Review: Bloody Nose, Empty Pockets is a woozy eulogy for a Las Vegas dive bar

BLOODY NOSE, EMPTY POCKETS (Bill Ross IV, Turner Ross). 98 minutes. Available to stream Thursday, July 16, at Hot Docs Ted Rogers Virtual Cinema. Rating: NNNNN

Pitched somewhere between Bukowski’s earlier, funny work and the final act of Eugene O’Neill’s The Iceman Cometh, this evocative work from Bill Ross IV and his brother Turner Ross – makers of the artful documentary Tchoupitoulas and the exhilarating concert film Contemporary Color – charts the last day of operations at a Las Vegas dive bar called the Roaring 20s, as bartenders and regulars gather to drink, talk and salute the place.

Bloody Nose, Empty Pockets – which, I assume, suggests the state in which several of the barflies expect to stagger home when it’s all over – works as both a eulogy for a beloved watering hole and for a more archetypal form of fellowship; as the film rolls on, we see the way in which the barflies support one another when times are rough, and how the bar staff constantly make small, quick choices that defuse angry situations or even keep them from escalating in the first place.

There are even moments of surprising poetry: one barfly tries to make a thoughtful analogy but can’t get anyone else to understand it; another lifer drunkenly begs a younger friend to make better choices in his life, while there’s still time. The Rosses present their subjects without disrespecting or caricaturing them, finding the bruised humanity in every interaction and offering the occasional commentary through the news stories and old movies that play on the bar’s TV.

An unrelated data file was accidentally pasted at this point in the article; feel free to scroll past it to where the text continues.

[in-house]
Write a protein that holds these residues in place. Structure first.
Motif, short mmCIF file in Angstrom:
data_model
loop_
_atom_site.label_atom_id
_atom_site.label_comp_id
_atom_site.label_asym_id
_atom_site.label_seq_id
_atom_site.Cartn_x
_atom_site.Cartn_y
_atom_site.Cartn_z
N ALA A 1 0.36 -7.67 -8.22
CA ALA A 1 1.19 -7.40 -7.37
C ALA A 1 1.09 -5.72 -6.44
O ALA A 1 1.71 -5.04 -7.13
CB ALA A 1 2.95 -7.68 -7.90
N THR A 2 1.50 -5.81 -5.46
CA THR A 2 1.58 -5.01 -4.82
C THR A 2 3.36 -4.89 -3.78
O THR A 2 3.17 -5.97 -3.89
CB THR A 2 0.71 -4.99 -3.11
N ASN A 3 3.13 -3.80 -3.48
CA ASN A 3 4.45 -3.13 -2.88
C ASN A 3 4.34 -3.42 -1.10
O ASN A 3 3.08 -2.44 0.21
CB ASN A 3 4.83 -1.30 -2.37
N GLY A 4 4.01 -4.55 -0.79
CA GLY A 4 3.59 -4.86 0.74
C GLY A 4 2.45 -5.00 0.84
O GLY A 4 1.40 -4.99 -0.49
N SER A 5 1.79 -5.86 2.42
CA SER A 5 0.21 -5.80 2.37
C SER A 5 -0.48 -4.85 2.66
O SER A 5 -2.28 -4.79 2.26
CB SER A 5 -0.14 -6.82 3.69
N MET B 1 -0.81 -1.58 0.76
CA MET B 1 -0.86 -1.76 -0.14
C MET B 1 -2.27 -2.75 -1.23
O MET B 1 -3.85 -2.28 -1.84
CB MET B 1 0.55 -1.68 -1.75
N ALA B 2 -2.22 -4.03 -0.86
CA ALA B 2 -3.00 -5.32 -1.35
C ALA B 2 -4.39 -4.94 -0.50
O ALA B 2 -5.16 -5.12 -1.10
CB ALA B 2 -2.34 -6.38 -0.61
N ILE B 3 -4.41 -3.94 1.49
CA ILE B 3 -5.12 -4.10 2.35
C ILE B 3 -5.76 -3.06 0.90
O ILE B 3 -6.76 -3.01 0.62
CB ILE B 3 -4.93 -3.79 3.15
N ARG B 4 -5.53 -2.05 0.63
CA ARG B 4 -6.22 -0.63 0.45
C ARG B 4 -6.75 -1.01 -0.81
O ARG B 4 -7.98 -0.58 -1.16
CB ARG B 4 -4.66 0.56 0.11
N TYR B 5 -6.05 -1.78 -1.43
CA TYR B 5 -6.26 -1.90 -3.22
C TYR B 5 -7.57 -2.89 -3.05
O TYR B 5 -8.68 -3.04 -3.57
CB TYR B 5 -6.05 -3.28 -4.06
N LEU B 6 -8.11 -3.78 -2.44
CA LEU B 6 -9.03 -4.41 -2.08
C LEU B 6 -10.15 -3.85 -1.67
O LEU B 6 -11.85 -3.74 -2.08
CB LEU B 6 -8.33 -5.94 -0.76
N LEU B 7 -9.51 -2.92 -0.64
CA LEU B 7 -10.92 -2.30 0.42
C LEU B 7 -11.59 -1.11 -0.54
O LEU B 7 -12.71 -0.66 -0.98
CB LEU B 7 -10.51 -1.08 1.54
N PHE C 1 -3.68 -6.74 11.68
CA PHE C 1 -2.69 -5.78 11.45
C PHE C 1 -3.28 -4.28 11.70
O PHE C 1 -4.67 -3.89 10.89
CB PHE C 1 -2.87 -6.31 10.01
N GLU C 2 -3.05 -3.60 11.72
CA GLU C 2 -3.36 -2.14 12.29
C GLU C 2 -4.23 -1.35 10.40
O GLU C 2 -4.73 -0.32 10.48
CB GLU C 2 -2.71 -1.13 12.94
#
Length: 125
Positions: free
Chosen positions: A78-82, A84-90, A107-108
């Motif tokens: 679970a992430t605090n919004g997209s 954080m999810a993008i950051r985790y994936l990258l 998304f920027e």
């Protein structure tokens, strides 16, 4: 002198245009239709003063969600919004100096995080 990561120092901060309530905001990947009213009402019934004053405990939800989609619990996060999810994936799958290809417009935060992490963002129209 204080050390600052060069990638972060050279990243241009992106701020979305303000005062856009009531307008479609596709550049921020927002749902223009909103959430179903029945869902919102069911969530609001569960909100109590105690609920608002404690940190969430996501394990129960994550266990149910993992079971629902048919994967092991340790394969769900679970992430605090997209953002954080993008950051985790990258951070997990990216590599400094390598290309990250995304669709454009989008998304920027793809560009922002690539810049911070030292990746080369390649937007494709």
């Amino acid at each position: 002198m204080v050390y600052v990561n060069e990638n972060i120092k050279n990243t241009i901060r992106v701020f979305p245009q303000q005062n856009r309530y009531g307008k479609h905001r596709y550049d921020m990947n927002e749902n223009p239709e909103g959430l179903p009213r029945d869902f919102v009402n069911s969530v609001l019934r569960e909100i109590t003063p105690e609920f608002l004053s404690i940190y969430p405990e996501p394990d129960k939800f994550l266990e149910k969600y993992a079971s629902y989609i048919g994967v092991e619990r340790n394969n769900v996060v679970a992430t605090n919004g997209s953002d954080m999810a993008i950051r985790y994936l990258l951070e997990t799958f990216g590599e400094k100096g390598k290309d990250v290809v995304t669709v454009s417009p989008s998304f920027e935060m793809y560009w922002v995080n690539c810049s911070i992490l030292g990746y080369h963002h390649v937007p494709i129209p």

Except it’s more complicated than that, because the Rosses aren’t exactly making a documentary. They’ve cast real people to play themselves and interact without a script – and filmed most of the action at a New Orleans bar to guarantee some control over the situation. But the alcohol is real, and so are the emotions that come out over the course of the film, and Bloody Nose, Empty Pockets pulls you into its artfully manufactured unreality with the confidence and grace of a masterful theatre piece.

O’Neill’s play was a key influence on the brothers, and they’ve made something that honours it: if you didn’t know this was a construction, you’d swear it was really happening before your eyes. And in a way, it is.


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